Understanding the diffusion of small gases in porous organic cages using molecular dynamics

Holden, Daniel
Understanding the diffusion of small gases in porous organic cages using molecular dynamics. Doctor of Philosophy thesis, University of Liverpool.

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The aim of this thesis was to accurately simulate the dynamic nature of known porous organic cage molecules, with a view to understanding the diffusion of different gases through their pore structures. Initial calculations showed that, due to their unique chemical structure, no ‘off-the-shelf’ force field (FF) was accurate enough to describe their dynamic motion. Therefore, a cage specific force field, (CSFF), was developed to be transferable across the first three cage systems, CC1-CC3. CSFF was subsequently used to rationalise the ‘on’/‘off’ porosity observed in two different polymorphs of CC1. A combination of computational simulations, including simulated surface area calculations, grand canonical Monte Carlo (GCMC) adsorption isotherms, and molecular dynamics (MD) simulations, for hydrogen and nitrogen in CC1α and CC1β, helped to confirm experimental results, as well as to provide further insight into why the polymorphism of CC1 alters the porosity of the molecule. In addition, CSFF was used to study the diffusion of a range of gases through crystalline CC3. Seven gases were chosen: hydrogen, nitrogen, carbon dioxide, methane, sulfur hexafluoride, krypton and xenon. A detailed understanding of the diffusivity within CC3 was accomplished by combining MD simulations with new methodologies and techniques, for example analysis of the dynamic connectivity. This helped to rationalise why CC3 showed good experimental uptake of gas, as well as highlighting potential separation capabilities. In summary, the development of CSFF has made it possible to simulate the diffusion of small gases through porous organic imine cages, and it has been shown that this diffusion is dependent on the relative size of the gas to the cage window, assuming that there is a suitable diffusion pathway. Using MD simulations, we have unlocked phenomena such as gas selectivity, rare-event hopping and the diffusion of gases to regions previously thought inaccessible. This has aided the rationalisation of existing experimental observations, and is a significant step forward for a priori prediction of porous organic cage systems, and their properties. This work has also led to new experiments that were prompted by my simulations. Finally, a new way to visualise the connectivity of a system has been introduced. This is achieved by monitoring how the surface area evolves with respect to time, during a MD simulation. This suggests how the pore channels of various systems, previously thought too small for gas adsorption, are actually suitable candidates for separations.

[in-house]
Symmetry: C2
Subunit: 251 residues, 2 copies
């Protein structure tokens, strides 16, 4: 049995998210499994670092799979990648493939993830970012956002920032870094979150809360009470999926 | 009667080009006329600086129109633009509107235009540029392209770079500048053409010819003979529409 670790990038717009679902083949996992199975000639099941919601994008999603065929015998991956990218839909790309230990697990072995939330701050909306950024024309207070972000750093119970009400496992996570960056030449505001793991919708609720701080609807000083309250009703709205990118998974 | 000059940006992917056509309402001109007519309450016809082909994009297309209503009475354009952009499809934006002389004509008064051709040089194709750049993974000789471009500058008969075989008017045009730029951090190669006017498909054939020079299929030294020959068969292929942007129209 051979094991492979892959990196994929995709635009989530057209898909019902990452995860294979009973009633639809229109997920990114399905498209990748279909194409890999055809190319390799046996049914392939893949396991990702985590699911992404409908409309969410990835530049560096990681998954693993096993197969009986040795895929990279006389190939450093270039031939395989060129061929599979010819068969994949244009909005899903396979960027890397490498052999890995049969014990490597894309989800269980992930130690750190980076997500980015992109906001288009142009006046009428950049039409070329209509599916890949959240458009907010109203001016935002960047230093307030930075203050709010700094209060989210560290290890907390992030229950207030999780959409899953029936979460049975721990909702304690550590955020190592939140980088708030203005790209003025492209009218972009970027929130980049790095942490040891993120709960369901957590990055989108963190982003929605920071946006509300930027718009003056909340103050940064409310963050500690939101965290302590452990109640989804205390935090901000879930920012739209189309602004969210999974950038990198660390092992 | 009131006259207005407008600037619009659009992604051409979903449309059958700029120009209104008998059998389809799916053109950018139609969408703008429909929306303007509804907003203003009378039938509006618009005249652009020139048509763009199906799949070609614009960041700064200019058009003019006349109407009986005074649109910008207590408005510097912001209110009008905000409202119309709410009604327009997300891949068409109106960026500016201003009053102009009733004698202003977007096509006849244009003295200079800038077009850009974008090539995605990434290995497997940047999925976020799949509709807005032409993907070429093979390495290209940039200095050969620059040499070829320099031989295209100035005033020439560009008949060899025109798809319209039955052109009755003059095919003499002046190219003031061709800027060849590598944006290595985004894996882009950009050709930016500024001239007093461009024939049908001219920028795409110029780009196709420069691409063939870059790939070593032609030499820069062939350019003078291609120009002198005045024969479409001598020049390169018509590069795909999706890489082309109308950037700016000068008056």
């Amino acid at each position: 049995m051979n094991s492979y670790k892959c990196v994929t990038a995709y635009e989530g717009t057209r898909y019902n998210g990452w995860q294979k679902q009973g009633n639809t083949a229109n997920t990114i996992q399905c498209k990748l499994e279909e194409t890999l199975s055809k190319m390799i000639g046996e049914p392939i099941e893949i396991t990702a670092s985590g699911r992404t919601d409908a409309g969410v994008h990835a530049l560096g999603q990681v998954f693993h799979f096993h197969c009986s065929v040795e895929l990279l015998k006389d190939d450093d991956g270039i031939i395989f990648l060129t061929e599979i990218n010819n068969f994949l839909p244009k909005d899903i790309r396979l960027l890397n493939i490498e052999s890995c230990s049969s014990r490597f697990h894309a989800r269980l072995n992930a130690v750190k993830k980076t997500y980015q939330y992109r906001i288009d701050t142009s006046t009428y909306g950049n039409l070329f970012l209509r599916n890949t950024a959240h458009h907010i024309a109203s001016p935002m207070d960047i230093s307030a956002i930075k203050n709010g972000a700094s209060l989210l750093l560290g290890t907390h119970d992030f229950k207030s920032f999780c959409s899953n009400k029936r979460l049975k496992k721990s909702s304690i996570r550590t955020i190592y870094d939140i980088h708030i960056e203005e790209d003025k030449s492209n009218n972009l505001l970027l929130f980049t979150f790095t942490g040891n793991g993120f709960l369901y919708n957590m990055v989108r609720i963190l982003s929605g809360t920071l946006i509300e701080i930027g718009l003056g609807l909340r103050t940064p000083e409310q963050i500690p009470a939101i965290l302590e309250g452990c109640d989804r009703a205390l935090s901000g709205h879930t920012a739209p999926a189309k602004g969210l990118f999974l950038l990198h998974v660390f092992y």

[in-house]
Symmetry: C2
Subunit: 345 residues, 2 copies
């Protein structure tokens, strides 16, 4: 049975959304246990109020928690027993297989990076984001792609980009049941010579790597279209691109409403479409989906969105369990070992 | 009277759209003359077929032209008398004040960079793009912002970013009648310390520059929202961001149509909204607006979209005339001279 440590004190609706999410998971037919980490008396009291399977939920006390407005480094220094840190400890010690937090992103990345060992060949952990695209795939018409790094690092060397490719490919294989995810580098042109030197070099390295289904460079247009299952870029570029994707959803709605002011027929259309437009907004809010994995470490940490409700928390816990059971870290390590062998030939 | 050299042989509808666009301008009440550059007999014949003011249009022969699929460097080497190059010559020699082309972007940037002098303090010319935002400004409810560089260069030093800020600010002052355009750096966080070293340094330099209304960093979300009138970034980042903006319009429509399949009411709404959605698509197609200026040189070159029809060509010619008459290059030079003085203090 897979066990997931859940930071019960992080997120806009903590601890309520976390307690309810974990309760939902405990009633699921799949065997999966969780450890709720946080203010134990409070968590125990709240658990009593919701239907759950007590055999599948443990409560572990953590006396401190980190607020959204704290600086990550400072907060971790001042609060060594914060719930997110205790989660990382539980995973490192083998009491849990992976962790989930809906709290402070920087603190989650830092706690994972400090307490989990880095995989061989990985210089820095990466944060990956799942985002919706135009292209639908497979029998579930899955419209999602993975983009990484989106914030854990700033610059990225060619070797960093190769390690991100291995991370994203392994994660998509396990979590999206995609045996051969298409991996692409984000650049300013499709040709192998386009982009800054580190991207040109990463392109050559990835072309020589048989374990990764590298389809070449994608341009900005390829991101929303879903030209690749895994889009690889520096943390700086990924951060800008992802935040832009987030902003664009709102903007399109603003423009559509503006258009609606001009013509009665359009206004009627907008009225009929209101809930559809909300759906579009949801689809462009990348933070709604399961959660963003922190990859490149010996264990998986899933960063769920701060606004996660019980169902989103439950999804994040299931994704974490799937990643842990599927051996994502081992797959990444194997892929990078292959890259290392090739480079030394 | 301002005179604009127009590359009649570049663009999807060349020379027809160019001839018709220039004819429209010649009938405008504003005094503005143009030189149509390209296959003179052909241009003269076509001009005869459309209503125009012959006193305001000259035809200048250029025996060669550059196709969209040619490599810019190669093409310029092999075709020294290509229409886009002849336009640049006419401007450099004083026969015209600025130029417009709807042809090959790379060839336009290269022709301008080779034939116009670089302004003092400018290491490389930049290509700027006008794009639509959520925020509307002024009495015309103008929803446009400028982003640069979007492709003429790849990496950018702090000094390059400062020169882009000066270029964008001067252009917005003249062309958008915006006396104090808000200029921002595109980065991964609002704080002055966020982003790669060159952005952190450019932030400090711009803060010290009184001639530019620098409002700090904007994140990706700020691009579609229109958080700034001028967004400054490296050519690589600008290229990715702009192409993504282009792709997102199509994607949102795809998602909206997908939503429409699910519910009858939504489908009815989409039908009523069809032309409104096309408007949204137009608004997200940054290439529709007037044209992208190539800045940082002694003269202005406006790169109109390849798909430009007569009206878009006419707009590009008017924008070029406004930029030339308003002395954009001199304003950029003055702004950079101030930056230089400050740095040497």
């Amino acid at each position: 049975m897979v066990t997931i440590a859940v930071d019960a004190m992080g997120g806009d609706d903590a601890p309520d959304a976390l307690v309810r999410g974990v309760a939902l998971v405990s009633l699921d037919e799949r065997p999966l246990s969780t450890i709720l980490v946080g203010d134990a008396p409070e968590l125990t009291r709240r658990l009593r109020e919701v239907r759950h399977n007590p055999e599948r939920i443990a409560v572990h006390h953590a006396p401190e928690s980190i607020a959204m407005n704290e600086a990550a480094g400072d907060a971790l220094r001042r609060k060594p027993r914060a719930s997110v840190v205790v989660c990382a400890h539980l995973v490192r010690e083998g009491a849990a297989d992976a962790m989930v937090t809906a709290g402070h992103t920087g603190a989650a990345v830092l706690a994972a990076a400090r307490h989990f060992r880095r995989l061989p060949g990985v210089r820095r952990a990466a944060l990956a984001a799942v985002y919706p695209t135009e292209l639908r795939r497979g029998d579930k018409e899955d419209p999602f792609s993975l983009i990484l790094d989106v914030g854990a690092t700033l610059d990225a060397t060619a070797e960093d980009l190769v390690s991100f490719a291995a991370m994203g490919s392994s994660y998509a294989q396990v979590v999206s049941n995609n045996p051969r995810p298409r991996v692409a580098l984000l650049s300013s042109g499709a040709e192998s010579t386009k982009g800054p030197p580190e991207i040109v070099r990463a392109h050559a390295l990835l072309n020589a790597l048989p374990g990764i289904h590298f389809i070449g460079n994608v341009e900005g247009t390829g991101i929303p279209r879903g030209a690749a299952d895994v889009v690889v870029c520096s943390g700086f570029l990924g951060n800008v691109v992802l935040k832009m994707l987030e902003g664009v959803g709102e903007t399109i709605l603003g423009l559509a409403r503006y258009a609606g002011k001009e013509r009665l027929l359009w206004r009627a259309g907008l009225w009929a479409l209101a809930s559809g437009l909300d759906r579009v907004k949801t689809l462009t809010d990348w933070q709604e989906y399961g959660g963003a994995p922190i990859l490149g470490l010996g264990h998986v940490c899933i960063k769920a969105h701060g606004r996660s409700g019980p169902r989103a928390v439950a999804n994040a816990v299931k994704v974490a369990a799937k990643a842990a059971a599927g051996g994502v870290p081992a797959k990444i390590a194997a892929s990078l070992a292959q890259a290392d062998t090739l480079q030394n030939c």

Item Type: Thesis (Doctor of Philosophy)
Additional Information: Date: 2013-09 (completed)
Subjects: ?? QD ??
Divisions: Faculty of Science and Engineering > School of Physical Sciences
Depositing User: Symplectic Admin
Date Deposited: 12 Feb 2014 16:08
Last Modified: 16 Dec 2022 04:40
DOI: 10.17638/00014433
  • Cooper, Andrew
URI: https://livrepository.liverpool.ac.uk/id/eprint/14433